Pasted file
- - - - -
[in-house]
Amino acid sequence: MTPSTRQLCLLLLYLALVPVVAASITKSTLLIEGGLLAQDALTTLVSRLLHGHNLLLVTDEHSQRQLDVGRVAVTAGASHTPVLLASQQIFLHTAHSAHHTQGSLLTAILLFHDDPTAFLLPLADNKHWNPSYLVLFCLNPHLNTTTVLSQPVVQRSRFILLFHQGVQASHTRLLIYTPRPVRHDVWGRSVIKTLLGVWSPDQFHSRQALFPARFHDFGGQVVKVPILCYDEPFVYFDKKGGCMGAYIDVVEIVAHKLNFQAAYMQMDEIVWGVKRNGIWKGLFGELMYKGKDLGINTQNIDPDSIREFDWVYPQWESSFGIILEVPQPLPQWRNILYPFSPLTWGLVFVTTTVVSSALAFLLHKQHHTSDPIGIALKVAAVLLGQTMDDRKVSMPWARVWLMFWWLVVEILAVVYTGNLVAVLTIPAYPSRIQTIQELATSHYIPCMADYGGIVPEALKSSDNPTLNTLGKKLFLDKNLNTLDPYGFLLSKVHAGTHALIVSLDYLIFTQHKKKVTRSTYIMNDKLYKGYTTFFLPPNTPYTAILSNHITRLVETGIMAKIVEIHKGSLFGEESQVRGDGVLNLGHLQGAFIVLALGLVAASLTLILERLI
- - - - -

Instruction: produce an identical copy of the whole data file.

[in-house]
Amino acid sequence: MTPSTRQLCLLLLYLALVPVVAASITKSTLLIEGGLLAQDALTTLVSRLLHGHNLLLVTDEHSQRQLDVGRVAVTAGASHTPVLLASQQIFLHTAHSAHHTQGSLLTAILLFHDDPTAFLLPLADNKHWNPSYLVLFCLNPHLNTTTVLSQPVVQRSRFILLFHQGVQASHTRLLIYTPRPVRHDVWGRSVIKTLLGVWSPDQFHSRQALFPARFHDFGGQVVKVPILCYDEPFVYFDKKGGCMGAYIDVVEIVAHKLNFQAAYMQMDEIVWGVKRNGIWKGLFGELMYKGKDLGINTQNIDPDSIREFDWVYPQWESSFGIILEVPQPLPQWRNILYPFSPLTWGLVFVTTTVVSSALAFLLHKQHHTSDPIGIALKVAAVLLGQTMDDRKVSMPWARVWLMFWWLVVEILAVVYTGNLVAVLTIPAYPSRIQTIQELATSHYIPCMADYGGIVPEALKSSDNPTLNTLGKKLFLDKNLNTLDPYGFLLSKVHAGTHALIVSLDYLIFTQHKKKVTRSTYIMNDKLYKGYTTFFLPPNTPYTAILSNHITRLVETGIMAKIVEIHKGSLFGEESQVRGDGVLNLGHLQGAFIVLALGLVAASLTLILERLI